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Update - Iraq
27 September 1999
Kia ora, this week is the International Week of Action to Stop the War Against Iraq. The main focus of the week of action is to try and get the genocidal economic sanctions lifted; but a secondary focus is of course the continued random bombing raids by US and British war planes. As you will see in the article below, there have now been 12,561bombing raids since December 1998.
Iraqi warplanes engage US and British bombers: Baghdad
BAGHDAD, Sept 14 (AFP) - Iraqi warplanes and anti-aircraft guns swung into action Tuesday to force US and British flying over the south of the country to flee Iraqi airspace, a military spokesman in Baghdad said.
"The falcons of the sky (Iraqi warplanes) and anti-aircraft defences challenged the enemy and forced them to flee to their bases in Saudi Arabia and Kuwait," he said, quoted by the official INA agency.
He said the allied planes "attacked a civilian installation in the province of Basra and overflew Zhi-Qar, Muthanna, Nejaf and Qadisiya."
He said the latest missions brought the total of sorties by US and British planes to 12,561 since December's intensive bombing campaign after Baghdad refused to cooperate with international weapons inspectors.
Clashes pitting Iraqi air defences against US and British planes have taken place on an almost daily basis since the two Western allies waged their December 17-19 air war on Iraq.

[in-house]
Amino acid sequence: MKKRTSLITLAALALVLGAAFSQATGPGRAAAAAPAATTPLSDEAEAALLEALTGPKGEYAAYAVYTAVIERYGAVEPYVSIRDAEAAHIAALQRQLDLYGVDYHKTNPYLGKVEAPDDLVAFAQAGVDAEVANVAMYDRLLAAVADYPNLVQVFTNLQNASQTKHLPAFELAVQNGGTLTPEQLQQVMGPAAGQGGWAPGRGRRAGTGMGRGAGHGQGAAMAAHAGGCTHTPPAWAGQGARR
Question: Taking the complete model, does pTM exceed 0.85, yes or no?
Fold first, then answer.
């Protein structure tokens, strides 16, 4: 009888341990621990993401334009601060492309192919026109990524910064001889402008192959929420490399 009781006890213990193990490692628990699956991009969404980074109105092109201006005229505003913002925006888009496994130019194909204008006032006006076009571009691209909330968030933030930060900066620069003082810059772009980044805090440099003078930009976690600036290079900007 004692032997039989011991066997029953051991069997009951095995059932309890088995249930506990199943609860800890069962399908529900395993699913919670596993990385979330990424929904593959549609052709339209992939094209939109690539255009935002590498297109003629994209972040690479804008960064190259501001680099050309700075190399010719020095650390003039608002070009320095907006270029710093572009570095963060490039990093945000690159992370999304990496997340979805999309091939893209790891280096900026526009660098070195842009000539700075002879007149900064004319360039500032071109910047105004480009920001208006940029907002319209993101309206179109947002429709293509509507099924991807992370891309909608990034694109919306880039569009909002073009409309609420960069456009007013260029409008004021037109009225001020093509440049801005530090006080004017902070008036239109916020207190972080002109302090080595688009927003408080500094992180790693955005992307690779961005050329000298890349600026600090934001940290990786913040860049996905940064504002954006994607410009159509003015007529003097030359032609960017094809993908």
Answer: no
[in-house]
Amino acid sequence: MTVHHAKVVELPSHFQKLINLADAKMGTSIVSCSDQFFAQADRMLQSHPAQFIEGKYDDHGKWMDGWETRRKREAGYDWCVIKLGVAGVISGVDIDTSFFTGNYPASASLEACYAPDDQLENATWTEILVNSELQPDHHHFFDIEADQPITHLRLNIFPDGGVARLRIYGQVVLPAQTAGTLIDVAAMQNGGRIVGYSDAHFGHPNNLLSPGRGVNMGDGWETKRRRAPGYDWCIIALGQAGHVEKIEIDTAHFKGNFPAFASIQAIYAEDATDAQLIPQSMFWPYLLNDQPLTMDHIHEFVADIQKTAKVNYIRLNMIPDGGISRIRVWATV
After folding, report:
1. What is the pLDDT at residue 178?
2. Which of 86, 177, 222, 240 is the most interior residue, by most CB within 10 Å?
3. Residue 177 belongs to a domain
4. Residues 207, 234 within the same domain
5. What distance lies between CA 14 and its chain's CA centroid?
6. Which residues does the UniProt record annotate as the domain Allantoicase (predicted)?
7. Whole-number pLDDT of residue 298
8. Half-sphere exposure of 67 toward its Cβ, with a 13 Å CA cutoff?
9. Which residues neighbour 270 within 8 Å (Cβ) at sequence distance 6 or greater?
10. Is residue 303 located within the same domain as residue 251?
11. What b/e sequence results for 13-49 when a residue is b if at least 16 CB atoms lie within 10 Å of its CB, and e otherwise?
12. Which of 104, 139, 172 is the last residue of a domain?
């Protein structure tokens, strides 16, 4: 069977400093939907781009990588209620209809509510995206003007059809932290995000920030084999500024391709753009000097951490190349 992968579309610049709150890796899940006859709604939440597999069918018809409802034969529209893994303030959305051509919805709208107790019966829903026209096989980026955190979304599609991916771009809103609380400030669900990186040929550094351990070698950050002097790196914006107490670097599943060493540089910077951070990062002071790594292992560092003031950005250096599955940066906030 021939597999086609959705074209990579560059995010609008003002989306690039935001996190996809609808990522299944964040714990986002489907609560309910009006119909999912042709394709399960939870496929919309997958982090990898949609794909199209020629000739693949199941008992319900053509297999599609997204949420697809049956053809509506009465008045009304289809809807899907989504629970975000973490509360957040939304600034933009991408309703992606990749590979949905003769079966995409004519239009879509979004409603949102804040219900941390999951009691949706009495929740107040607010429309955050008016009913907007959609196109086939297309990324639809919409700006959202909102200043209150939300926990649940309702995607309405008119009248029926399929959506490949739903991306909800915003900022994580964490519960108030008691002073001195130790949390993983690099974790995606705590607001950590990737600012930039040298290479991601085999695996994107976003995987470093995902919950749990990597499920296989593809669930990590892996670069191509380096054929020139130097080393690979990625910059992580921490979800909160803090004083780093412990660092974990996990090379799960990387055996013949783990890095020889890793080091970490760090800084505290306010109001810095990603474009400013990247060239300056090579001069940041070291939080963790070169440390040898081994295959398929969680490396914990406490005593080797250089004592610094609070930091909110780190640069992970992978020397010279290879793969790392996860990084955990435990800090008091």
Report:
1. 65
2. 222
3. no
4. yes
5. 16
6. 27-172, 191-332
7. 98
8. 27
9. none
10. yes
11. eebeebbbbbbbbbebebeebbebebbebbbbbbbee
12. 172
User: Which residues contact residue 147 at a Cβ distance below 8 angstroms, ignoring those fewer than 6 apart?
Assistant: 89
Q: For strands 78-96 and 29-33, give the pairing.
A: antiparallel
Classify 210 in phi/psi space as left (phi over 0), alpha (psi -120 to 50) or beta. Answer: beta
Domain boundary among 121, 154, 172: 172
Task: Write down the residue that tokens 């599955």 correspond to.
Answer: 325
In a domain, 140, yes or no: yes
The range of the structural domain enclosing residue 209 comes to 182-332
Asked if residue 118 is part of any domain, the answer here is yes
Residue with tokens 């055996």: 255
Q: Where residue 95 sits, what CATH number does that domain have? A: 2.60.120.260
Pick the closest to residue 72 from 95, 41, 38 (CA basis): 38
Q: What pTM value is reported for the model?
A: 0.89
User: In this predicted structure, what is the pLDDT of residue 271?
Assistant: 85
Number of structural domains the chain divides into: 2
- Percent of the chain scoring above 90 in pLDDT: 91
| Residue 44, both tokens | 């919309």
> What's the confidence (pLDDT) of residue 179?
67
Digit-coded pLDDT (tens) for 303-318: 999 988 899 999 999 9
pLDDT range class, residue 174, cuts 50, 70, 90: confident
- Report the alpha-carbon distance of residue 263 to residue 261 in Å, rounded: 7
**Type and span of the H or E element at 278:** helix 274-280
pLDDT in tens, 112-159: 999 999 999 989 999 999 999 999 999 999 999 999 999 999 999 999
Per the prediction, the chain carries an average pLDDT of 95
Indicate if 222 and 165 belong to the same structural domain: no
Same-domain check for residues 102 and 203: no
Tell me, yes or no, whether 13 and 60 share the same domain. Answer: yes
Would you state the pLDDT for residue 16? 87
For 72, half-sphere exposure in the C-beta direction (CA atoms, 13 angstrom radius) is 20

It is rare for Iraqi planes to engage in defensive manoeuvres, however, with most Iraqi challenges carried out by ground defences.
The US military announced earlier Tuesday that US warplanes had bombed two military radar sites in southern Iraq in retaliation for Iraqi violations of a no-fly zone.
The US Central Command in Macdill, Florida said land-based F-16s and carrier-based F-14 and F-18 fighters fired precision-guided munitions to strike the sites near the town of Qalat Salih and on the Faw peninsula.
"The strikes were in response to three incidents earlier today of Iraqi aircraft violating the southern no-fly zone," it said in a statement received in Dubai.
"Each of these radar sites was targeted to further degrade Iraq's ability to jeopardise" US and British warplanes patrolling the southern exclusion zone which stretches to the outskirts of the Iraqi capital.
Two Iraqi fighters violated the zone again during the strikes but "coalition aircraft engaged the aircraft," the US military said. "However they turned and flew out of the no-fly zone."
The US and British aircraft returned safely to their bases, it said, stressing that "coalition planes do not target civilian populations or infrastructure."
The latest strikes were "an appropriate response to the continued pattern of Iraqi provocation," the Central Command said.
There was no immediate word from Baghdad on the latest attacks. Nineteen Iraqis were killed in air strikes on August 17, the Iraqi military said.
Baghdad does not recognise the southern no-fly zone nor a similar exclusion zone in northern Iraq, both of which were set up after the 1991 Gulf War to protect Iraqi Kurds and Shiites.
The United States on Monday accused Baghdad of continuing a repressive campaign against both groups and said it was pushing for the indictment of Iraqi leader Saddam Hussein on war crimes charges.
AGENCE FRANCE PRESSE
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